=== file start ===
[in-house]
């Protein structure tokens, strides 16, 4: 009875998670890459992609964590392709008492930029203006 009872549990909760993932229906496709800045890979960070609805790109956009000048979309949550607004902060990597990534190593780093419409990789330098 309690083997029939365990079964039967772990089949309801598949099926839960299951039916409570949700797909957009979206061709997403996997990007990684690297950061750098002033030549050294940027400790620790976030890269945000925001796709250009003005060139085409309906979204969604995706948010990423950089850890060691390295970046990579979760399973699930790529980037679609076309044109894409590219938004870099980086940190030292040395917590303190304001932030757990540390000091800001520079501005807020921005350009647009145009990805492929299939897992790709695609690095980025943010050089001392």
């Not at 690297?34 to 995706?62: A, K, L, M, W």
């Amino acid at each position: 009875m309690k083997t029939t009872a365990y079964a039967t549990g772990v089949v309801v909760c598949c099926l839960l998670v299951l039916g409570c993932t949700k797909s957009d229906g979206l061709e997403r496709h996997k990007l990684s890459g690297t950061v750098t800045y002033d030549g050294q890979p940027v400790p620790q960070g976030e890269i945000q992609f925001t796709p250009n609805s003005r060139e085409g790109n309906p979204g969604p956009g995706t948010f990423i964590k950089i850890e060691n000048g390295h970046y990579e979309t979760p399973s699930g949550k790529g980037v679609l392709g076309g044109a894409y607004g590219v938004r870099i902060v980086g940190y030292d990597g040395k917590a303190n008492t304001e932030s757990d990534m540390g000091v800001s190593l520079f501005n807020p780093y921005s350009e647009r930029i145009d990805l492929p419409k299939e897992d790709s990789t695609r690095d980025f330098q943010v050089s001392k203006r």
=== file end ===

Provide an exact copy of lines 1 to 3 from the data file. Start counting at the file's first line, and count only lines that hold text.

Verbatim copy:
[in-house]
């Protein structure tokens, strides 16, 4: 009875998670890459992609964590392709008492930029203006 009872549990909760993932229906496709800045890979960070609805790109956009000048979309949550607004902060990597990534190593780093419409990789330098 309690083997029939365990079964039967772990089949309801598949099926839960299951039916409570949700797909957009979206061709997403996997990007990684690297950061750098002033030549050294940027400790620790976030890269945000925001796709250009003005060139085409309906979204969604995706948010990423950089850890060691390295970046990579979760399973699930790529980037679609076309044109894409590219938004870099980086940190030292040395917590303190304001932030757990540390000091800001520079501005807020921005350009647009145009990805492929299939897992790709695609690095980025943010050089001392």
């Not at 690297?34 to 995706?62: A, K, L, M, W």